Tata: business, the public, and conscience
Bombay — In the middle of India's city of business, Bombay, stands a mansion known as Bombay House, home to the Tata organization. J. R. D. Tata, chairman of Tata Sons Ltd., sits in an office with large map of the world, and India is in the center. With 42 years' experience at the top of India's largest group of companies, he speaks on various subjects:
On profits: Some Indians have been a little too successful. In the last 50 years, many Indians went from trading to industry, and you had people with blatant profit motives. India developed 100 years later than the United States, and it has little of a social conscience. Under the socialist model, Indian business can get enormously rich in the black economy, and people can become extremely corrupt and abusive.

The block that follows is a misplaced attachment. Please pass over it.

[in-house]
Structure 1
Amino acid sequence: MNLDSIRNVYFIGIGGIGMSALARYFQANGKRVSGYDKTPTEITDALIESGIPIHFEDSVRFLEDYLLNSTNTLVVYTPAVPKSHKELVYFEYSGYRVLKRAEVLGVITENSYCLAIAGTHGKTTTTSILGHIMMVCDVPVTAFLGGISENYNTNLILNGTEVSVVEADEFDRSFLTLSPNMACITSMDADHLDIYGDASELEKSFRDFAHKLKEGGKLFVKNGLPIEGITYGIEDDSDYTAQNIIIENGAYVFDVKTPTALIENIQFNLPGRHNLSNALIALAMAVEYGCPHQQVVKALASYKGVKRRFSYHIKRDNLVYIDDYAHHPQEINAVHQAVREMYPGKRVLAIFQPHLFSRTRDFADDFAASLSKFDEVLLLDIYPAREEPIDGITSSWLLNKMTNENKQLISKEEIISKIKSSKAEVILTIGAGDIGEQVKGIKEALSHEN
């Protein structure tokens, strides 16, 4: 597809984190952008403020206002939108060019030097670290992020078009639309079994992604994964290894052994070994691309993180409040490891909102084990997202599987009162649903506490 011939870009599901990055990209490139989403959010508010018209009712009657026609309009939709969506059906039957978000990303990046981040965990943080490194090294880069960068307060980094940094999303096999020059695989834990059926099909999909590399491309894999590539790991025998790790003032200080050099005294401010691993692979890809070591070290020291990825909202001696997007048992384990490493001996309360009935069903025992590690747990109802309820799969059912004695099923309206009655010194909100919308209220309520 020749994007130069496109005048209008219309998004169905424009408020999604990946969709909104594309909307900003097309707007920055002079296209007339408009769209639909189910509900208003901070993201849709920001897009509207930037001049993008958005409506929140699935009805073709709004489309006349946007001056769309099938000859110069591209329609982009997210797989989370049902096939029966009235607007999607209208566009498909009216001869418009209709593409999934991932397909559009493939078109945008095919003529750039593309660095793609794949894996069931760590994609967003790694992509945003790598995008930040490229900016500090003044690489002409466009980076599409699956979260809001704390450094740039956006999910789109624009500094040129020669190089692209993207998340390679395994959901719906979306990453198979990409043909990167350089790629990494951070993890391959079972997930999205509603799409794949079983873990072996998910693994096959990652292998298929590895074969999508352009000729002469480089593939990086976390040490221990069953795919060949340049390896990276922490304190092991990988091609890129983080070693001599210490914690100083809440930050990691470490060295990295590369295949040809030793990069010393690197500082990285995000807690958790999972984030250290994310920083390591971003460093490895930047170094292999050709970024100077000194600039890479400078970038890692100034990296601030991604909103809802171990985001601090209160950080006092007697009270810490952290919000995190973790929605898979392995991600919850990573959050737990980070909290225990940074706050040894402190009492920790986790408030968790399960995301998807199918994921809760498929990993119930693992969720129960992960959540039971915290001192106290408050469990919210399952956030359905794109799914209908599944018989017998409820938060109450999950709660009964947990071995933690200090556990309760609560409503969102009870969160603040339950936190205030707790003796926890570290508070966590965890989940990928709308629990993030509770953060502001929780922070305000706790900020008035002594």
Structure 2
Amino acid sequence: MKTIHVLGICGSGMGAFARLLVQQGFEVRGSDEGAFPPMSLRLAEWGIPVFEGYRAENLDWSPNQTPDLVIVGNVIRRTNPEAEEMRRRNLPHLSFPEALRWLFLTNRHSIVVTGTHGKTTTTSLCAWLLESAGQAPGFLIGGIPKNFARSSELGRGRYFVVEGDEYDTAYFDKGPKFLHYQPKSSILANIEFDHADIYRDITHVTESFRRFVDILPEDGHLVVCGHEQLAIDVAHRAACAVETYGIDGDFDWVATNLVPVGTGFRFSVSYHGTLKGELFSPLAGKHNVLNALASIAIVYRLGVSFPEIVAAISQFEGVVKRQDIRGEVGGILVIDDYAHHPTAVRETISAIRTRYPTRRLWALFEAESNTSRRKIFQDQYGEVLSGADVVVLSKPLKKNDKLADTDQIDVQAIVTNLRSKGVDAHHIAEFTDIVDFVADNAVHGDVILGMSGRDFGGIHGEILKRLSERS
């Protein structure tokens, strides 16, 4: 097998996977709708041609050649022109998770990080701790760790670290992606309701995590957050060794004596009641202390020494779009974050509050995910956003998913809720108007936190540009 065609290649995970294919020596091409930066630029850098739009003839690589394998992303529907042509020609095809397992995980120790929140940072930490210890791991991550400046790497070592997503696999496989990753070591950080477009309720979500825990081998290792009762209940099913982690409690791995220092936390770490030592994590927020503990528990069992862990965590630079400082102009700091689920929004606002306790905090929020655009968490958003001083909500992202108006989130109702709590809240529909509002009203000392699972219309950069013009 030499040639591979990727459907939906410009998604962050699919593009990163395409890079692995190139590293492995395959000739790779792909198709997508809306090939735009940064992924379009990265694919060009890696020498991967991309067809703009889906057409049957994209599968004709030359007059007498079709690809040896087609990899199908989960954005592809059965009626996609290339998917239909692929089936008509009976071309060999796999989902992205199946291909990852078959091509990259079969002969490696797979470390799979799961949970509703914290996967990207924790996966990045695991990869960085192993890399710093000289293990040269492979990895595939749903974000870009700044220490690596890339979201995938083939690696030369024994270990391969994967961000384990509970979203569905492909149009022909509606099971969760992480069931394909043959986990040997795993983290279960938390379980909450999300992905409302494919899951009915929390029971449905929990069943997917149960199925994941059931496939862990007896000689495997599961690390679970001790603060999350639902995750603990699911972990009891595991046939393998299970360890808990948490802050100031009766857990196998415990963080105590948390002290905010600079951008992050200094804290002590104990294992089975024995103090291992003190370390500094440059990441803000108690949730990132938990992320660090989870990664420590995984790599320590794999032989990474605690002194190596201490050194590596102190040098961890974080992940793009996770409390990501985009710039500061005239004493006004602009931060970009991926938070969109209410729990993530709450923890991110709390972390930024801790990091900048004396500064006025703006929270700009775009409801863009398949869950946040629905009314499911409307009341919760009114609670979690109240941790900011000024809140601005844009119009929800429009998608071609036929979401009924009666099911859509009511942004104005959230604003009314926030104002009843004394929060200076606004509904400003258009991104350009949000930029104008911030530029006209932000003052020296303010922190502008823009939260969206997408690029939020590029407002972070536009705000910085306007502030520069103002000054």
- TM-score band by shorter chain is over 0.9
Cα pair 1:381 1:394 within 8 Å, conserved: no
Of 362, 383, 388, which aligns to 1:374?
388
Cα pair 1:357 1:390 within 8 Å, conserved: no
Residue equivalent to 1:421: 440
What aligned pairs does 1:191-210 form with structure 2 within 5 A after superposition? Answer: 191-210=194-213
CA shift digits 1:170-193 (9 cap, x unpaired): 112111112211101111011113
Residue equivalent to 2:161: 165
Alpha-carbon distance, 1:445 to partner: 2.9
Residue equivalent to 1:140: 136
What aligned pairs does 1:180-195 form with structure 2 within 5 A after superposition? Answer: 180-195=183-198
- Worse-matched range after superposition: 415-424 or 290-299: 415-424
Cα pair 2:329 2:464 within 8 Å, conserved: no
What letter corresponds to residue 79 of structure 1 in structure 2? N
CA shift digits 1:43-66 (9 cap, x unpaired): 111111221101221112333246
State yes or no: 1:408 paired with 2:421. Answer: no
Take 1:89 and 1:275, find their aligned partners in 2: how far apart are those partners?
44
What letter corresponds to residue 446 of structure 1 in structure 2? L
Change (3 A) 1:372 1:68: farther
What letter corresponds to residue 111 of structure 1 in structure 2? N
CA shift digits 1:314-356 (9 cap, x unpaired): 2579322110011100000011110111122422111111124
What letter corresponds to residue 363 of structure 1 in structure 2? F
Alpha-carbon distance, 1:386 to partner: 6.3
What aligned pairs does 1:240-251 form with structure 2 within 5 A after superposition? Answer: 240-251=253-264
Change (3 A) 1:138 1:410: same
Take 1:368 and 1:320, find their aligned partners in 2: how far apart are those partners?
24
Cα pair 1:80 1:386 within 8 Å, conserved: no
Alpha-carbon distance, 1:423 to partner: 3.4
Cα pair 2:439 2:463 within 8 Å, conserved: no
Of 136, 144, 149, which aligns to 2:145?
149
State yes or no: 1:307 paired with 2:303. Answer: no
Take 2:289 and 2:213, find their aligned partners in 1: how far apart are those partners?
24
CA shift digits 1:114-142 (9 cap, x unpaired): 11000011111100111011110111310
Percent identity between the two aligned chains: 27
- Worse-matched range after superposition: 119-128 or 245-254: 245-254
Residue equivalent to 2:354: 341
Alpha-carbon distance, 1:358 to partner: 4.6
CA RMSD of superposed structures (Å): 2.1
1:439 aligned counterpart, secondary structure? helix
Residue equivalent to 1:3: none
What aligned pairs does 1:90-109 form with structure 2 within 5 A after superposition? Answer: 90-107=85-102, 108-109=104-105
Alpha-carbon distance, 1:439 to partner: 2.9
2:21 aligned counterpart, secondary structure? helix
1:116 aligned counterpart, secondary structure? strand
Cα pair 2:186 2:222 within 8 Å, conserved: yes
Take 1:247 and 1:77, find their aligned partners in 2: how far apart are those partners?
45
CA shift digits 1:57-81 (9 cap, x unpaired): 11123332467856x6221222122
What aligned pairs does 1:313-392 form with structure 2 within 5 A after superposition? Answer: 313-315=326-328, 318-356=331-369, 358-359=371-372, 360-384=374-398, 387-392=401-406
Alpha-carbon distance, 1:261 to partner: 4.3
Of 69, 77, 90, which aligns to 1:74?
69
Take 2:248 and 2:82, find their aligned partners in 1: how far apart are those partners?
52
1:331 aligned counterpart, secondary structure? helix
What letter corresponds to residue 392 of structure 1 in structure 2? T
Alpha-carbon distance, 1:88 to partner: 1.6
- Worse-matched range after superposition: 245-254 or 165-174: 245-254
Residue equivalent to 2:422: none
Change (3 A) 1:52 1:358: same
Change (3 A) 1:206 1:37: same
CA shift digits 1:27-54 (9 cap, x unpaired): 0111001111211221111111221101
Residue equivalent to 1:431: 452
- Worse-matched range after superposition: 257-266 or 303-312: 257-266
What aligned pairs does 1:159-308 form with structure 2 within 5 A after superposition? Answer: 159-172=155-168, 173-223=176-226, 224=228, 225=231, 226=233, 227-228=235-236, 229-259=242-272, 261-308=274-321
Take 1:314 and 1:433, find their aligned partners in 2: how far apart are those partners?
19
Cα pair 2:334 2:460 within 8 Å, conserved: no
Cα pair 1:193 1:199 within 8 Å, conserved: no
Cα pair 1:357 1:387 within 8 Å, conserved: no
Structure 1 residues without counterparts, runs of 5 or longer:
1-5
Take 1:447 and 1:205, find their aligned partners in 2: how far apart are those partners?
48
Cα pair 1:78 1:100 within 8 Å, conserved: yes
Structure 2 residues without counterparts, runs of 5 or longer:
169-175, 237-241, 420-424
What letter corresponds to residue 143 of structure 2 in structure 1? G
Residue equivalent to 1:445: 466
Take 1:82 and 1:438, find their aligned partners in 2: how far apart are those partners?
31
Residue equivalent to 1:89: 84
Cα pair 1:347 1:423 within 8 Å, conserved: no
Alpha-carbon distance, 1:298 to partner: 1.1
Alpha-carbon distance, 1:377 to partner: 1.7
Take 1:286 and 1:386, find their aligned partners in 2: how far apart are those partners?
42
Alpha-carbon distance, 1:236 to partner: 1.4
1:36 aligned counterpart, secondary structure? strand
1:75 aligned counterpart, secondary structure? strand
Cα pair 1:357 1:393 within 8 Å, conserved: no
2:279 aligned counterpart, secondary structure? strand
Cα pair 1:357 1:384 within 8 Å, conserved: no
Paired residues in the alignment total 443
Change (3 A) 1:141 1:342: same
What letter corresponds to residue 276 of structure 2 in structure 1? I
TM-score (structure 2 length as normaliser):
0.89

On foreign imports: Foreign companies should make their imports in India, not send them here.
On population: With the population rate in developing countries, it could be disaster for the world in 50 years. With villagers, we don't even talk about family planning. You earn their confidence and serve their ills. Then they ask for help in cutting down the size of their family.
On the antimonopoly act: The government had two objections: The big houses were an opportunity for milking the people, and they didn't like accumulation of large wealth under one house. They thought it was completely against the ideals of egalitarianism. You can understand their point of view. The antibusiness point of view really began after (the late Prime Minister Jawaharlal) Nehru ( 1964). But it started in Nehru's emphasis on the public sector. The bureaucrats become managers with powers of employment in large public companies. They were all in favor of restricting private enterprise.